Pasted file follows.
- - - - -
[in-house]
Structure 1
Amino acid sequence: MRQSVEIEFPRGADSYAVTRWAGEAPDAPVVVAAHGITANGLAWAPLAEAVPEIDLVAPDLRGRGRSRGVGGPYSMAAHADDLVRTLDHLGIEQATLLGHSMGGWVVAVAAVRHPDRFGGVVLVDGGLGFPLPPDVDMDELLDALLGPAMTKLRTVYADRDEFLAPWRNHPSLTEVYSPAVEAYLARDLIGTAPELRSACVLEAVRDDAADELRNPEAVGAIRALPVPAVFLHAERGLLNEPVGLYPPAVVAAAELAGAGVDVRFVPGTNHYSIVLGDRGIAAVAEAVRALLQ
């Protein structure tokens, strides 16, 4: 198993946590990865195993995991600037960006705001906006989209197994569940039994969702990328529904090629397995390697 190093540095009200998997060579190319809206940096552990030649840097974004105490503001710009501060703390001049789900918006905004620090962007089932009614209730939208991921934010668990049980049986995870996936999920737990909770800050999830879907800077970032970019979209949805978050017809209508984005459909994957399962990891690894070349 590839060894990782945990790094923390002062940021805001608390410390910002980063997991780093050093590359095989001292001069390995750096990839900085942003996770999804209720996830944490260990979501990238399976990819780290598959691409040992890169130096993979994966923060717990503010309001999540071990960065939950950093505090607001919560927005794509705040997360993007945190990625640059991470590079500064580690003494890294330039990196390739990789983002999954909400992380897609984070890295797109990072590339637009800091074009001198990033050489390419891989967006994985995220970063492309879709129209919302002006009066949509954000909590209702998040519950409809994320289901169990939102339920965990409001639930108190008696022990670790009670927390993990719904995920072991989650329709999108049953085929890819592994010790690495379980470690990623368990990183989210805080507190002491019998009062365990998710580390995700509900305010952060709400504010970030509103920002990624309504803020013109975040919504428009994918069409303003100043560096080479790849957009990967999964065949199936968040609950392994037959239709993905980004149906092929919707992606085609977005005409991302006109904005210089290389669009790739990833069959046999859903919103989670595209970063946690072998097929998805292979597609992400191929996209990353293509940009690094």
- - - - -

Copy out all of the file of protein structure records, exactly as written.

[in-house]
Structure 1
Amino acid sequence: MRQSVEIEFPRGADSYAVTRWAGEAPDAPVVVAAHGITANGLAWAPLAEAVPEIDLVAPDLRGRGRSRGVGGPYSMAAHADDLVRTLDHLGIEQATLLGHSMGGWVVAVAAVRHPDRFGGVVLVDGGLGFPLPPDVDMDELLDALLGPAMTKLRTVYADRDEFLAPWRNHPSLTEVYSPAVEAYLARDLIGTAPELRSACVLEAVRDDAADELRNPEAVGAIRALPVPAVFLHAERGLLNEPVGLYPPAVVAAAELAGAGVDVRFVPGTNHYSIVLGDRGIAAVAEAVRALLQ
């Protein structure tokens, strides 16, 4: 198993946590990865195993995991600037960006705001906006989209197994569940039994969702990328529904090629397995390697 190093540095009200998997060579190319809206940096552990030649840097974004105490503001710009501060703390001049789900918006905004620090962007089932009614209730939208991921934010668990049980049986995870996936999920737990909770800050999830879907800077970032970019979209949805978050017809209508984005459909994957399962990891690894070349 590839060894990782945990790094923390002062940021805001608390410390910002980063997991780093050093590359095989001292001069390995750096990839900085942003996770999804209720996830944490260990979501990238399976990819780290598959691409040992890169130096993979994966923060717990503010309001999540071990960065939950950093505090607001919560927005794509705040997360993007945190990625640059991470590079500064580690003494890294330039990196390739990789983002999954909400992380897609984070890295797109990072590339637009800091074009001198990033050489390419891989967006994985995220970063492309879709129209919302002006009066949509954000909590209702998040519950409809994320289901169990939102339920965990409001639930108190008696022990670790009670927390993990719904995920072991989650329709999108049953085929890819592994010790690495379980470690990623368990990183989210805080507190002491019998009062365990998710580390995700509900305010952060709400504010970030509103920002990624309504803020013109975040919504428009994918069409303003100043560096080479790849957009990967999964065949199936968040609950392994037959239709993905980004149906092929919707992606085609977005005409991302006109904005210089290389669009790739990833069959046999859903919103989670595209970063946690072998097929998805292979597609992400191929996209990353293509940009690094």